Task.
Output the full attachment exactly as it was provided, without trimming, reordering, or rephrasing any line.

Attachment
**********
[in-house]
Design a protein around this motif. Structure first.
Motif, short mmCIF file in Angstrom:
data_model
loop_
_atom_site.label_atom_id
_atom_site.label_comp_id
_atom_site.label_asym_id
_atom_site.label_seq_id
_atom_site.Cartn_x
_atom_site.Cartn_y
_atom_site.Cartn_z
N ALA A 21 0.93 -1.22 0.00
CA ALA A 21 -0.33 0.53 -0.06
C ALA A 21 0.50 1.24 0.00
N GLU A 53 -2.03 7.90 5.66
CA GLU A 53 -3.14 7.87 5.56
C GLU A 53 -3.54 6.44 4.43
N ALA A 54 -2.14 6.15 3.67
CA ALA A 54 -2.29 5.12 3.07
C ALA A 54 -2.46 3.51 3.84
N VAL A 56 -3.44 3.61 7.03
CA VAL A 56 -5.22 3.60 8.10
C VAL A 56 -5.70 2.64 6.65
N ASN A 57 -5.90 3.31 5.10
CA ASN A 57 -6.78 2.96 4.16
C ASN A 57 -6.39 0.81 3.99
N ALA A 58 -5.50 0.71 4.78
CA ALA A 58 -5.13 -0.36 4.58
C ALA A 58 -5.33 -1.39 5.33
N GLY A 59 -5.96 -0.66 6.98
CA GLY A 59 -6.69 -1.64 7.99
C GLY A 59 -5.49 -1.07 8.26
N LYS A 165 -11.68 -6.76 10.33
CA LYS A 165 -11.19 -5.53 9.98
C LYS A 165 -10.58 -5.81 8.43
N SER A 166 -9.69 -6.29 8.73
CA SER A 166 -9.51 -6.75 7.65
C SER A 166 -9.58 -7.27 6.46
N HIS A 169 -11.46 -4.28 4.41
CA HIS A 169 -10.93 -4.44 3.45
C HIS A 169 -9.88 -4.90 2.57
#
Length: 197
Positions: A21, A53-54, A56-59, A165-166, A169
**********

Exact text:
[in-house]
Design a protein around this motif. Structure first.
Motif, short mmCIF file in Angstrom:
data_model
loop_
_atom_site.label_atom_id
_atom_site.label_comp_id
_atom_site.label_asym_id
_atom_site.label_seq_id
_atom_site.Cartn_x
_atom_site.Cartn_y
_atom_site.Cartn_z
N ALA A 21 0.93 -1.22 0.00
CA ALA A 21 -0.33 0.53 -0.06
C ALA A 21 0.50 1.24 0.00
N GLU A 53 -2.03 7.90 5.66
CA GLU A 53 -3.14 7.87 5.56
C GLU A 53 -3.54 6.44 4.43
N ALA A 54 -2.14 6.15 3.67
CA ALA A 54 -2.29 5.12 3.07
C ALA A 54 -2.46 3.51 3.84
N VAL A 56 -3.44 3.61 7.03
CA VAL A 56 -5.22 3.60 8.10
C VAL A 56 -5.70 2.64 6.65
N ASN A 57 -5.90 3.31 5.10
CA ASN A 57 -6.78 2.96 4.16
C ASN A 57 -6.39 0.81 3.99
N ALA A 58 -5.50 0.71 4.78
CA ALA A 58 -5.13 -0.36 4.58
C ALA A 58 -5.33 -1.39 5.33
N GLY A 59 -5.96 -0.66 6.98
CA GLY A 59 -6.69 -1.64 7.99
C GLY A 59 -5.49 -1.07 8.26
N LYS A 165 -11.68 -6.76 10.33
CA LYS A 165 -11.19 -5.53 9.98
C LYS A 165 -10.58 -5.81 8.43
N SER A 166 -9.69 -6.29 8.73
CA SER A 166 -9.51 -6.75 7.65
C SER A 166 -9.58 -7.27 6.46
N HIS A 169 -11.46 -4.28 4.41
CA HIS A 169 -10.93 -4.44 3.45
C HIS A 169 -9.88 -4.90 2.57
#
Length: 197
Positions: A21, A53-54, A56-59, A165-166, A169